Despite this, a grand jury refused to indict officers involved in the case.

Violence by police on the rise

Earlier this year, statistics published by the Salt Lake Tribune revealed that killings by police officers outpace gang violence, child and drug abuse.

In fact, the rate of killings was surpassed only by drug and gang violence. Chris Gebhardt, a former police lieutenant and sergeant who served in Washington, D.C, and in Utah said that these instances of deadly force cannot all be written off as criminals trying to abuse the law.

He added in an interview with the newspaper: “There is an absolute time when you need to go hands on, need to taser them, need to resort to deadly force.

“But there are really less times than what’s going on. There’s an opportunity to de-escalate more of these situations. Officers instead are escalating these situations themselves.”

Brian Buchner, president of the National Association for Civilian Oversight of Law Enforcement (NACOLE) agreed.

He told the Salt Lake Tribune: “[It’s] where force may be legally justified for an officer, who, but for their bad decisions and bad tactics, wouldn’t be in that position to begin with. There may be issues involving the officers’ decision-making that are worth noting and may be problematic.”

Meanwhile, in Denver, a video surfaced showing Denver police officers tripping up a pregnant Latina woman face first into a pavement and then repeatedly pounded her boyfriend’s head.

KDVR investigative reporter Chris Halsne noted that a close examination of the video showed Flores’ head repeatedly “bouncing off the pavement as a result of the force” of being punched by the officers.

Photographs of the man then emerged showing his head soaked in blood.

Levi Frasier witnessed the event and recorded it all on a tablet. Be told KDVR that the police that during the incident, an officer turned and looked at him and shouted ‘Camera!’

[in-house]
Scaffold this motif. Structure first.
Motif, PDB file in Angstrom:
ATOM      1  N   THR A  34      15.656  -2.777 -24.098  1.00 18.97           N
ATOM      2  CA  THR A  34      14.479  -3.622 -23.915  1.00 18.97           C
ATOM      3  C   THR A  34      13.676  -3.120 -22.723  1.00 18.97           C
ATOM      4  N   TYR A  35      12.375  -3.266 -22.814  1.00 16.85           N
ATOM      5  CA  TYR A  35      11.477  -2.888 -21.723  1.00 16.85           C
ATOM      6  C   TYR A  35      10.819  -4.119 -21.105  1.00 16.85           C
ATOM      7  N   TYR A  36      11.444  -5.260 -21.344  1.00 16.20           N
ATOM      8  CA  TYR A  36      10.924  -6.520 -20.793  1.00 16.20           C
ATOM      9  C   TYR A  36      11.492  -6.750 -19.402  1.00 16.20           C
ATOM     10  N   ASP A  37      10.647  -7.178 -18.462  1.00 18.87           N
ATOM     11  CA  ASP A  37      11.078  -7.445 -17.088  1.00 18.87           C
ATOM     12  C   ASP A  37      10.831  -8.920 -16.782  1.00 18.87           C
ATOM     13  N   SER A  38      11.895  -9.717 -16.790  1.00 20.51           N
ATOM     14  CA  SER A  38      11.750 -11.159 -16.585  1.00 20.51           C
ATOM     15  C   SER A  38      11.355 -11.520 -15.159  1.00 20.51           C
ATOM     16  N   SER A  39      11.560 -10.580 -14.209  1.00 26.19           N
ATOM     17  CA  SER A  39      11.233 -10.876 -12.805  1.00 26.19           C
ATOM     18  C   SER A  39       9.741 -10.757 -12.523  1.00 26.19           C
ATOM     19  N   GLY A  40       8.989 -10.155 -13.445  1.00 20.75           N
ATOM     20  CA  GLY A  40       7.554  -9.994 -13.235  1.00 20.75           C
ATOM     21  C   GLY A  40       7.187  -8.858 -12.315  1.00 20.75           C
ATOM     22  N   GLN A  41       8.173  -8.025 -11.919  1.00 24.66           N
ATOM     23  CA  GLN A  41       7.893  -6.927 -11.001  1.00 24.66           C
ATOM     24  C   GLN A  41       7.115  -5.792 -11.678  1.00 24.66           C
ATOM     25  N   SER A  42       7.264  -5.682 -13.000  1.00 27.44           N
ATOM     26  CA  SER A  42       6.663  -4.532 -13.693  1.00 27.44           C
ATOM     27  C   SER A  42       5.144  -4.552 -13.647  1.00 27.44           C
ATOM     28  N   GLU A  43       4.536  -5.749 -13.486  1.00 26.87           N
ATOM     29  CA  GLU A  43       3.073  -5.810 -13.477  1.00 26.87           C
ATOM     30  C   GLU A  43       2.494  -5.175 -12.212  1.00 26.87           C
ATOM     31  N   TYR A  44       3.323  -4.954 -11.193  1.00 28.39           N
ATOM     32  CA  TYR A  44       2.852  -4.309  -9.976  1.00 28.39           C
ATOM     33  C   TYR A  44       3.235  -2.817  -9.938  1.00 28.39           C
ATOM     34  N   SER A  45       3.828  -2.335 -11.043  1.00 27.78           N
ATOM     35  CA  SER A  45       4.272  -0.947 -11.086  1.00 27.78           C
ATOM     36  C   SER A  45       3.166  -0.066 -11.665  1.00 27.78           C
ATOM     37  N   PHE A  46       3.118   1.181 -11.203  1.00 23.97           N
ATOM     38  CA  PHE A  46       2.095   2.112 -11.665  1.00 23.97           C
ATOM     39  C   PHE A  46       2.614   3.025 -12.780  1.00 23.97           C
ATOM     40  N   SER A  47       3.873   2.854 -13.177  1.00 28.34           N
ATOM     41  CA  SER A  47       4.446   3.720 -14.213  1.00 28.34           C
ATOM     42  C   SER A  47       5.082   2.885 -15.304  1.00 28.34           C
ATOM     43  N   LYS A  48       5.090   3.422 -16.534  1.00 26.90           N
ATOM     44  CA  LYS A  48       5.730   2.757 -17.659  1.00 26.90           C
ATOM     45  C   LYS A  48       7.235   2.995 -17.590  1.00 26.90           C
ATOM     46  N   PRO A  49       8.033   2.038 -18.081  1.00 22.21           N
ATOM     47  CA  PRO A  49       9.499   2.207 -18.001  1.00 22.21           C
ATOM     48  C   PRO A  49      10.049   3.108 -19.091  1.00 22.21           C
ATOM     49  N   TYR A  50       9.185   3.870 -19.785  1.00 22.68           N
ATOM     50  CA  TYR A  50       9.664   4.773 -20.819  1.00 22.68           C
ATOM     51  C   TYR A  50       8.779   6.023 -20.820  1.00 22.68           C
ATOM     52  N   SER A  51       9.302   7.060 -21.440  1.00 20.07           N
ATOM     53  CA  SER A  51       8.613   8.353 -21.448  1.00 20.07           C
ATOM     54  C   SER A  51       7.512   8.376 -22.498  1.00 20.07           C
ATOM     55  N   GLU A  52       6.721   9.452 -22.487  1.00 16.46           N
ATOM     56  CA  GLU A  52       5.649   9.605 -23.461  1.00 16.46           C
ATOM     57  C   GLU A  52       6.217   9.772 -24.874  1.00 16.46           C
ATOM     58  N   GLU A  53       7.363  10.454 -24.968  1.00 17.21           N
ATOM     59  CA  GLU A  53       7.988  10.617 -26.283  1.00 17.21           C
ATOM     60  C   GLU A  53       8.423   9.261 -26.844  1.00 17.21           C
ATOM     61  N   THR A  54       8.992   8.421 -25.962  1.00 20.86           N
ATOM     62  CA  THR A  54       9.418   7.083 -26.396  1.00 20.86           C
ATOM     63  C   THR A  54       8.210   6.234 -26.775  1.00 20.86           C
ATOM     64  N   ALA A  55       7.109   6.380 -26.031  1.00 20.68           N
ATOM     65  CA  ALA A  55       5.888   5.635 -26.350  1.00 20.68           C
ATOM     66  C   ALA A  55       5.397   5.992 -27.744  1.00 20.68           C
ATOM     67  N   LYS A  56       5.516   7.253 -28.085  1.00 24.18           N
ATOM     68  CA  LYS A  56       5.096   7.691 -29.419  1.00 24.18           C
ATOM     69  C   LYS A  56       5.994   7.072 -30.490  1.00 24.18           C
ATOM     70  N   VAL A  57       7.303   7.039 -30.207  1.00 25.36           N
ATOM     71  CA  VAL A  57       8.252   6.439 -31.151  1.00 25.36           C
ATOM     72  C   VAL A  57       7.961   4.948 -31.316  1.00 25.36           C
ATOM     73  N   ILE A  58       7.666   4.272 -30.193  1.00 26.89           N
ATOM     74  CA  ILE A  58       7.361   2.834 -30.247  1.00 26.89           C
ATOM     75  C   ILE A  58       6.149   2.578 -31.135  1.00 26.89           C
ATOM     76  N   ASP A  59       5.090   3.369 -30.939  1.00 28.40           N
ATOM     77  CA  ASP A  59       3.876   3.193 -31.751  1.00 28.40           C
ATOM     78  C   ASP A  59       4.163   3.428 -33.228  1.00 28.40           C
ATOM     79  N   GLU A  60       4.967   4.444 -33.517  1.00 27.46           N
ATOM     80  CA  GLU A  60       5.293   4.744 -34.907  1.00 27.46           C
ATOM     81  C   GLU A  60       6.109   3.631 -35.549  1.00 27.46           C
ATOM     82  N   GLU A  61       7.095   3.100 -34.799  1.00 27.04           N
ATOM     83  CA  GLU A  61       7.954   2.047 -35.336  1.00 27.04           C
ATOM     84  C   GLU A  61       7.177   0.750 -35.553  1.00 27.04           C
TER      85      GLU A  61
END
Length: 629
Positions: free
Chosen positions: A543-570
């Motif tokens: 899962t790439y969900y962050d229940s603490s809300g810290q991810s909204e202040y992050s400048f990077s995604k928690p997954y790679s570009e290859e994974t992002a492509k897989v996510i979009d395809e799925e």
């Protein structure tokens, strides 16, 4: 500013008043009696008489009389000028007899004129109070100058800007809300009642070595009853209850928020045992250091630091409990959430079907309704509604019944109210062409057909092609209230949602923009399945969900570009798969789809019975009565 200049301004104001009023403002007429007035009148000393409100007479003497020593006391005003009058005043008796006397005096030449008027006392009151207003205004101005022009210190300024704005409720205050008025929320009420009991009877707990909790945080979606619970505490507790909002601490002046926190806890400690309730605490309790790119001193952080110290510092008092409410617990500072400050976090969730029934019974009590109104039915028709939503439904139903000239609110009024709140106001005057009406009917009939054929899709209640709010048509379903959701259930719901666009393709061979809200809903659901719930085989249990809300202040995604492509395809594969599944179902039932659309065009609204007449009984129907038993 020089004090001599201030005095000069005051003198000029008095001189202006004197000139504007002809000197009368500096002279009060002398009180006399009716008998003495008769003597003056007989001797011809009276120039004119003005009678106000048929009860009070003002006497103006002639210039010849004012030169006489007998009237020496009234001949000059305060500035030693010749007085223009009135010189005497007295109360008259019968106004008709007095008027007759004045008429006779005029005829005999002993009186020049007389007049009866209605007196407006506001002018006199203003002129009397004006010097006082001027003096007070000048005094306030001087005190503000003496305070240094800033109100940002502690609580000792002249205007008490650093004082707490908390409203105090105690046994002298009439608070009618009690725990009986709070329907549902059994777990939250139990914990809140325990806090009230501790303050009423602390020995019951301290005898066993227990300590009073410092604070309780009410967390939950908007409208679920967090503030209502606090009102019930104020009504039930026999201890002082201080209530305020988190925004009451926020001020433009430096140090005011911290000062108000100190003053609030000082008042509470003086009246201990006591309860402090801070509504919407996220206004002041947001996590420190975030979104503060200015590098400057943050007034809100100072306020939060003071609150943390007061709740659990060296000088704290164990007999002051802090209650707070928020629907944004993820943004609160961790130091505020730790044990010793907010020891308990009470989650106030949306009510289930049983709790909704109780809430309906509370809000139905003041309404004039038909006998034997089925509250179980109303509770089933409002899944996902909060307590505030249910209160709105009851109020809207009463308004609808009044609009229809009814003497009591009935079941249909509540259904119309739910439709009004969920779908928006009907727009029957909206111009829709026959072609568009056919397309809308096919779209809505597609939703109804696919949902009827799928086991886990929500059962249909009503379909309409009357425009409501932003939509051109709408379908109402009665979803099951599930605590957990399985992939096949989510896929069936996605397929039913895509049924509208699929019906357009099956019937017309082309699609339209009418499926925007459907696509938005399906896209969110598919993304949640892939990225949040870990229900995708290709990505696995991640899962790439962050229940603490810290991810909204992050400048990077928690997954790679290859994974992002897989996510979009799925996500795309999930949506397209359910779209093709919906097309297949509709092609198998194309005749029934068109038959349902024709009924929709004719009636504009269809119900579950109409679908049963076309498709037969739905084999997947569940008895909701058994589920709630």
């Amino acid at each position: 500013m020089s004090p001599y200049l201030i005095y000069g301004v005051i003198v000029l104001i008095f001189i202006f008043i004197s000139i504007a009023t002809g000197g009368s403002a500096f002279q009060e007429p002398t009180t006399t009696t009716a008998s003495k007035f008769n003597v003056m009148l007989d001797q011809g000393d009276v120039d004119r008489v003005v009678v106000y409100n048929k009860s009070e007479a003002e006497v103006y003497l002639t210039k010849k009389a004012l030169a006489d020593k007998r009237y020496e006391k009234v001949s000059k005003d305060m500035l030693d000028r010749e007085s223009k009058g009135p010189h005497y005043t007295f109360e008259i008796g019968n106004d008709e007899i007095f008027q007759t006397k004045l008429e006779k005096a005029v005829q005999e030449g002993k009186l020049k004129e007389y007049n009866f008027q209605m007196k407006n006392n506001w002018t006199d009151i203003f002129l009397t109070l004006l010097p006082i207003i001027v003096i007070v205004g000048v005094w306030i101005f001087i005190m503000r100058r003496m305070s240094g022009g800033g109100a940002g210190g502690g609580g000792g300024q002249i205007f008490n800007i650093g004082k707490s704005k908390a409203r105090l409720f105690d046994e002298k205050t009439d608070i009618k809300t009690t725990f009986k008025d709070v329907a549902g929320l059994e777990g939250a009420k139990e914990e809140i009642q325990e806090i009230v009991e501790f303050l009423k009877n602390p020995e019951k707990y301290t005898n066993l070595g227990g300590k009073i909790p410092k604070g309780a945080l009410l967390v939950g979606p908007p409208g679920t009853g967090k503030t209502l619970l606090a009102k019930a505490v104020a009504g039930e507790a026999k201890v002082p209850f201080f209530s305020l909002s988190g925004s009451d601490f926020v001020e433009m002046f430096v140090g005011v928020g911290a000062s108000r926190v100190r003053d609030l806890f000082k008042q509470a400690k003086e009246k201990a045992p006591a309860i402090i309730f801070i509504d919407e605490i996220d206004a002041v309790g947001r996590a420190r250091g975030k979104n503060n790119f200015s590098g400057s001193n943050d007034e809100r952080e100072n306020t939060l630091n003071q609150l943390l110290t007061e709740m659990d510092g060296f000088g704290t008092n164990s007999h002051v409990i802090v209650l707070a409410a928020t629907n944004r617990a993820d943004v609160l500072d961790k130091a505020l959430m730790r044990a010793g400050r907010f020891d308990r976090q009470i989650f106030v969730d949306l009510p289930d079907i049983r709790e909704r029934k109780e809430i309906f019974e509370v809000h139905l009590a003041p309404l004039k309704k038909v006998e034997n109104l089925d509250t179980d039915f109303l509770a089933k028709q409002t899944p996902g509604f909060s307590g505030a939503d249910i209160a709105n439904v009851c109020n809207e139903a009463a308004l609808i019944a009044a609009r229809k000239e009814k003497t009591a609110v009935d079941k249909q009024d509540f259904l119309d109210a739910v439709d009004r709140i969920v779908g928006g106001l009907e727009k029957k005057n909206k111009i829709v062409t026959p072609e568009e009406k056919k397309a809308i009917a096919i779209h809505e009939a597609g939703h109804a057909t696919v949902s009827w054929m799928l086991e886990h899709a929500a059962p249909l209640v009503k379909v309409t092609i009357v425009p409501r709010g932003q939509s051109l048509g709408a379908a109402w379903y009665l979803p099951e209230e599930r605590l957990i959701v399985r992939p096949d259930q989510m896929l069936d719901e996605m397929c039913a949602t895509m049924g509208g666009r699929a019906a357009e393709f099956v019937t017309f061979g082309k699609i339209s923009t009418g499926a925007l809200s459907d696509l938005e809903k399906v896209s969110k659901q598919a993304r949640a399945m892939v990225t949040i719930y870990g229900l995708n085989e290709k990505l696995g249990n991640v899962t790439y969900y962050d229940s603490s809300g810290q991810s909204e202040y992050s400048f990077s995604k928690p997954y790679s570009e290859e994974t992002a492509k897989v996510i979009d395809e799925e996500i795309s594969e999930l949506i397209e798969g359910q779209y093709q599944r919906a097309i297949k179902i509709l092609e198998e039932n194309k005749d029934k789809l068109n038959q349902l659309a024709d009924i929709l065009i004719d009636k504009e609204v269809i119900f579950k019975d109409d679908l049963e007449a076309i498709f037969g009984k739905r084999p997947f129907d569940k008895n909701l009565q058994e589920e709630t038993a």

His tablet was then confiscated and police demanded to know which program he used to record the video.

He was then threatened with imprisonment if he did not “co-operate”.

When the tablet was returned, the video had been deleted, he said.

But Frasier said that officers did not realize that his video had already been automatically uploaded to cloud servers, and he was able to retrieve it when he returned home.

Police brutality in the UK

A quarterly report published by Essex’s Police and Crime Commissioner Nick Alston revealed the rise in the number of rape and sexual assault accusations against police.
Between 1 October 2012 and 30 September last year, 852 complaints against Essex Police were finalised, with 9.5 per cent upheld.

Commenting on the findings, Mr Alston said: “Some of the matters being investigated both under the supervision of the Independent Police Complaints Commission and by the Essex Police Professional Standards Department are of deep concern.”

Her added: “Some of these cases have concluded, and have led to action in the courts and to the discipline, including dismissal, of Essex Police officers.”

The report also unveiled cases where a high number of suspects suffered broken legs, missing teeth, dislocated fingers, and in some cases even death after their encounters with the police.

In one incident, a man’s false teeth fell out during an arrest, and when he reached out to grab them an officer allegedly stamped on his hand, breaking at least one finger. Another officer was investigated after indecent images of children were found on his computer, while one staff member was investigated after sending emails to a colleague containing obscene images.

Some ongoing investigations are being carried out into the rape and sexual assault of suspects. These are just a few out of hundreds of complaints levied against the Essex Police Force alone.

Mr Alston added that the findings are broadly in line with figures recorded at other police departments across the country.

Convicts to join police force

The UK government has unveiled new plans to allow convicted criminals to join the police force. The College of Policing, which sets standards for the profession, has unveiled plans to boost the number of candidates who have been convicted of drug possession, or received fines or cautions.

It will set out a relaxation of the current rules – which ban anyone with previous convictions, cautions or fines in all but the most exceptional circumstances.

Steve White, chairman of the Police Federation of England and Wales, said he had grave concerns about the move, and added that there are no shortages of qualified candidates, without convictions available. He added: “The public need to have the utmost confidence that police officers are of the highest calibre and integrity and I have serious and grave concerns about anything which could undermines that.”